"I've received some practical ideas on how NSW and Australia can better accommodate this type of investment and I intend to feed those into the Federal Government consideration of the Islamic finance which is currently underway."
The New South Wales Business Chamber has warned that over 12,600 jobs could disappear from the state economy if workers’ compensation premiums are allowed to increase by the projected 28 per cent.
The NSW Business Chamber told the Joint Select Committee on the Workers Compensation Scheme that a ‘kneejerk’ reaction to balancing the state’s scheme would have a major impact on the state’s economy.
“If premiums are increased by the 28% that the Actuaries assert is needed to get the scheme back to full funding in 5 years, our very conservative projections show there will be 12,600 jobs and job opportunities lost from across the NSW economy,” said Stephen Cartwright, CEO of the NSW Business Chamber.
“Even at the lower 8% needed to get the Scheme back in the black in 10 years; the potential job impact will be around 8,000.”
Mr Cartwright has argued for a move to structural reform of the scheme, which has recorded a $1.4 billion deficit, rather than an increase in premiums.
“This is not easy reform, but it is necessary reform if we are to have a Compensation Scheme that gets the balance right between supporting injured workers and helping employers to create jobs,” Mr Cartwright said.
Work Safe Australia has released the online version 22of the 2012 edition of the Comparison of Workers’ Compensation Arrangements in Australia and New Zealand report.
The Comparison of Workers’ Compensation Arrangements in Australia and New Zealand provides information on the operation of workers’ compensation schemes in each of the jurisdictions in Australia and New Zealand.
This edition of the Comparison report has been substantially revised and reformatted to improve comparability and readability.
The Comparison provides background to the evolution of workers’ compensation arrangements in Australia and New Zealand, and discusses the way that each scheme deals with key aspects such as the size and nature of the schemes, coverage, benefits, return to work provisions, self-insurance, common law, dispute resolution and cross-border arrangements.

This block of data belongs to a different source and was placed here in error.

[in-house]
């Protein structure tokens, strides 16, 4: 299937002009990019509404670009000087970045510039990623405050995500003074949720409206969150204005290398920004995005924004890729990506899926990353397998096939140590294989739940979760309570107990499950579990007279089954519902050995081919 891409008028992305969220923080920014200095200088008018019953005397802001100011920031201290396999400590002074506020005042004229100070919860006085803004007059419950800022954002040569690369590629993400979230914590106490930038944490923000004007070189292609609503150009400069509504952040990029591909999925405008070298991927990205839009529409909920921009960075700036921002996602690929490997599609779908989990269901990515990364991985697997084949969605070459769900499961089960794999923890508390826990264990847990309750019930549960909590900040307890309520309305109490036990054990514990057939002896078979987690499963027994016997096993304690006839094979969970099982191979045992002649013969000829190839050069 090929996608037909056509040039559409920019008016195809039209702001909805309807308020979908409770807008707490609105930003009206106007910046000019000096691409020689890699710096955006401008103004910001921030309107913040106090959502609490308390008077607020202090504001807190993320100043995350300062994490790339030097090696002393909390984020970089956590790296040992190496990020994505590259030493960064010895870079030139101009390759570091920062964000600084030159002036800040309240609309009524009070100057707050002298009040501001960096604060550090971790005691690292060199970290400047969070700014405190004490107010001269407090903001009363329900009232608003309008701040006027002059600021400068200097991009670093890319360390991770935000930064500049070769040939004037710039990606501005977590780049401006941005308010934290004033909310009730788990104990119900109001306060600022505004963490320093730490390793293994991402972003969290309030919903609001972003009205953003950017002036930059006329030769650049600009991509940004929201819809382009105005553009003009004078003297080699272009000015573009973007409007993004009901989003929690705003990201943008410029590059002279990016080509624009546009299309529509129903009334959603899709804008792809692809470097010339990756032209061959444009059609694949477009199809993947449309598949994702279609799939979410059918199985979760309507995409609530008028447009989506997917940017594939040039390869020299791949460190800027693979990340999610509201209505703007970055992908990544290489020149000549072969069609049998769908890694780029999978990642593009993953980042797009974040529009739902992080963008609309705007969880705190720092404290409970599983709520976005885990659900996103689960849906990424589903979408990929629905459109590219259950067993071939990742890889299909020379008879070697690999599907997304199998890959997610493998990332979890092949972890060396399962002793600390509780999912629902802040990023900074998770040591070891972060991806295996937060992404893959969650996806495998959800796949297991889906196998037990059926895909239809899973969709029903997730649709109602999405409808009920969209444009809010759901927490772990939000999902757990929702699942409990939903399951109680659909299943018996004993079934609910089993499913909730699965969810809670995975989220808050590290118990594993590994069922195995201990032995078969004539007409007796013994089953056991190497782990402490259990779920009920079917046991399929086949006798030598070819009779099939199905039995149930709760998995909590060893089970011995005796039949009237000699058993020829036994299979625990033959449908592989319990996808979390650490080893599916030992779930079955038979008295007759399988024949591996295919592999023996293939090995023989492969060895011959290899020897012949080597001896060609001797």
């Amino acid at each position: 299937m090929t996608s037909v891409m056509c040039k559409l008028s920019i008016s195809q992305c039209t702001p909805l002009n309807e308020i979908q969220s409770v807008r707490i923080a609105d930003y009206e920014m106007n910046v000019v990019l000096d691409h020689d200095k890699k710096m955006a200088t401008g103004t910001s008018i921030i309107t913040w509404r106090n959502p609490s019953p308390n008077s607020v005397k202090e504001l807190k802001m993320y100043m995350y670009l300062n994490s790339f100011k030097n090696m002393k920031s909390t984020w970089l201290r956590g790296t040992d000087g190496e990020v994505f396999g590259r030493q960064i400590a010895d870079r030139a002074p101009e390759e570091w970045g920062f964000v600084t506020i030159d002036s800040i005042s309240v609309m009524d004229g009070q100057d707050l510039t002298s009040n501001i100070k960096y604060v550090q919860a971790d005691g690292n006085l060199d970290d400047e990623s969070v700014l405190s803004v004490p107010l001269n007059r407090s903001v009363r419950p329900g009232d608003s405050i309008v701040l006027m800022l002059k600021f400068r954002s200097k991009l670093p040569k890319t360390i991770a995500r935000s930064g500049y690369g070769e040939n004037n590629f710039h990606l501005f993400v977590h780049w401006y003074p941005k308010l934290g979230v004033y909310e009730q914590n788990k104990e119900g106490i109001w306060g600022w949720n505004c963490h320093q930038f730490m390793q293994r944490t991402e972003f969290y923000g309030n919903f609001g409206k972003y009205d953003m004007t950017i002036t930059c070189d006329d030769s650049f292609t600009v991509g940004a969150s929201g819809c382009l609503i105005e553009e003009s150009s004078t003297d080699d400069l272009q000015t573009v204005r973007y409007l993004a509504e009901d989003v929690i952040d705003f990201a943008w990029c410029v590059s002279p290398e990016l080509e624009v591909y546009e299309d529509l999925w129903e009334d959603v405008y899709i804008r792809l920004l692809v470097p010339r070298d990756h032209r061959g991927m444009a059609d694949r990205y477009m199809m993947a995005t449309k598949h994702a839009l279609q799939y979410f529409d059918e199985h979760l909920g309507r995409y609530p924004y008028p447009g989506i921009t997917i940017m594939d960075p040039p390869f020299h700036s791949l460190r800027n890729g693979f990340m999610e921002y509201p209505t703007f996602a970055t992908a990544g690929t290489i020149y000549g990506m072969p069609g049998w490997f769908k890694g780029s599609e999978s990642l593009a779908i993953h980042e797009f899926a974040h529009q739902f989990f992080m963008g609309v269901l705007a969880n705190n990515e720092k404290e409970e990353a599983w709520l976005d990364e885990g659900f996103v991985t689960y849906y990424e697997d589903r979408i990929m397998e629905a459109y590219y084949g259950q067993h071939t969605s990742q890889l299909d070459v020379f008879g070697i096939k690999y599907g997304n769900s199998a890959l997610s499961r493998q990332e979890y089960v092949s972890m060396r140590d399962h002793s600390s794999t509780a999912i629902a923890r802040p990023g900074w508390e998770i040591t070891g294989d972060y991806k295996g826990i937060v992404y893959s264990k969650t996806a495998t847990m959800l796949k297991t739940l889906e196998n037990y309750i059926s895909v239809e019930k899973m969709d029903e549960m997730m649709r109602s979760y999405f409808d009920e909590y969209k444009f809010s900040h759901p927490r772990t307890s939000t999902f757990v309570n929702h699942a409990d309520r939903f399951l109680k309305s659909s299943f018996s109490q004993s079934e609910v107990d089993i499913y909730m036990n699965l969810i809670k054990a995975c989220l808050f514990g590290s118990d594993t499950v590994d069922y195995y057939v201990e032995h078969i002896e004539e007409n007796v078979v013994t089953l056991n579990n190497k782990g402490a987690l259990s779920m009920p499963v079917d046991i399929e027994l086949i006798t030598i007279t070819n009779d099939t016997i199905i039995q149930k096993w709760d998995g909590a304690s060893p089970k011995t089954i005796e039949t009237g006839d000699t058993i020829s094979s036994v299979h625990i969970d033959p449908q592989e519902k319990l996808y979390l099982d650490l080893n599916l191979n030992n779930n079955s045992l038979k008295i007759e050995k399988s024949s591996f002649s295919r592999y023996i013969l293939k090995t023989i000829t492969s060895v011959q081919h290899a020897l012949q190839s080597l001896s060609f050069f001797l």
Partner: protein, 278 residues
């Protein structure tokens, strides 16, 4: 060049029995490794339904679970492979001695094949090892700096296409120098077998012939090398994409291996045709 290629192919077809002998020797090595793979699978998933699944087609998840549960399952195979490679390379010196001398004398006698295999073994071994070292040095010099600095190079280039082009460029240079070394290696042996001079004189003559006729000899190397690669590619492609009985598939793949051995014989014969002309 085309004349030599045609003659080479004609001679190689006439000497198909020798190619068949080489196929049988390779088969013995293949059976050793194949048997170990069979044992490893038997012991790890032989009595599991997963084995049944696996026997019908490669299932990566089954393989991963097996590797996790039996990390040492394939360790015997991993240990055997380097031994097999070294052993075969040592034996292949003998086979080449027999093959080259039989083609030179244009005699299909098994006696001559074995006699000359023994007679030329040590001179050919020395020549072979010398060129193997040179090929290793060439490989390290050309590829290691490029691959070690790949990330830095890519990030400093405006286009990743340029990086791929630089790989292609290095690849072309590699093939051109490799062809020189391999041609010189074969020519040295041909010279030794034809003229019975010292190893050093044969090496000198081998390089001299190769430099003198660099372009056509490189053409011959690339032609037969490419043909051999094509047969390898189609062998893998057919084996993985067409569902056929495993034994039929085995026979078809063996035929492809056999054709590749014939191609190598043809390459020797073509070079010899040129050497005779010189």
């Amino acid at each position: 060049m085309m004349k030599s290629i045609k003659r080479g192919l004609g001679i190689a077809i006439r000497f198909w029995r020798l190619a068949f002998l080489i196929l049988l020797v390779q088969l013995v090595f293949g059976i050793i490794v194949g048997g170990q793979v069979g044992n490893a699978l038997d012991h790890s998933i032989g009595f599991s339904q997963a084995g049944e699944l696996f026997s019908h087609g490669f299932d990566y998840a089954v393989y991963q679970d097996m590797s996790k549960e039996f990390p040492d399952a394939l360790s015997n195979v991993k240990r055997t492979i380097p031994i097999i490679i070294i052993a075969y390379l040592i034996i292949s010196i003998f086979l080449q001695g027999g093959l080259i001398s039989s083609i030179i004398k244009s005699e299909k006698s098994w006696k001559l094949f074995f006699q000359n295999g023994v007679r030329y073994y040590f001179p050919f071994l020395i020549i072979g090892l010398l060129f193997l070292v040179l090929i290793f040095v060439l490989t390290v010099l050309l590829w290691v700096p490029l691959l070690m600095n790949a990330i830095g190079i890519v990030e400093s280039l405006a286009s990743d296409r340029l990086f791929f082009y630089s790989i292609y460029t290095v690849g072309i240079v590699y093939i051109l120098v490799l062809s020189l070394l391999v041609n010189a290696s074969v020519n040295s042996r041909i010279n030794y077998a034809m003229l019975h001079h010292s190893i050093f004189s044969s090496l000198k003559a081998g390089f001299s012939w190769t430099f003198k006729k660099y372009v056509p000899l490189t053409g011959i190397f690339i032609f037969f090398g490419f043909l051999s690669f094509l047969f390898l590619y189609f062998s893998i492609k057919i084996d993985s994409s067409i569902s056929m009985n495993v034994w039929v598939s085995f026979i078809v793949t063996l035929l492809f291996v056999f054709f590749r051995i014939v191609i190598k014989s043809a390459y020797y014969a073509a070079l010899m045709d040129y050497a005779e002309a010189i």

The majority of Tables contained in this report provide a snapshot of workers’ compensation arrangements as at 30 September 2011. However, because each jurisdiction may vary its arrangements from time to time, and because there may be some exceptions to the arrangements described in this edition, more up to date information should be obtained from the relevant authority.
The report is available here.
New data, released by the Chiropractors’ Association of Australia to mark Spinal Health Week (May 21 – 27), shows Australia is a nation of ‘sitters’ and it’s taking a major toll on our health.
Australian office workers face a back pain epidemic and risk developing chronic diseases by sitting for almost 16 hours a day with more than half never taking conscious breaks to stand and move around, according to new research from the Chiropractors’ Association of Australia.
The research found that not only is a dangerous amount of time spent sitting, but nearly 70 per cent of office workers are sitting incorrectly in a slumped or collapsed position and 60 per cent say they already experience regular or occasional lower back pain.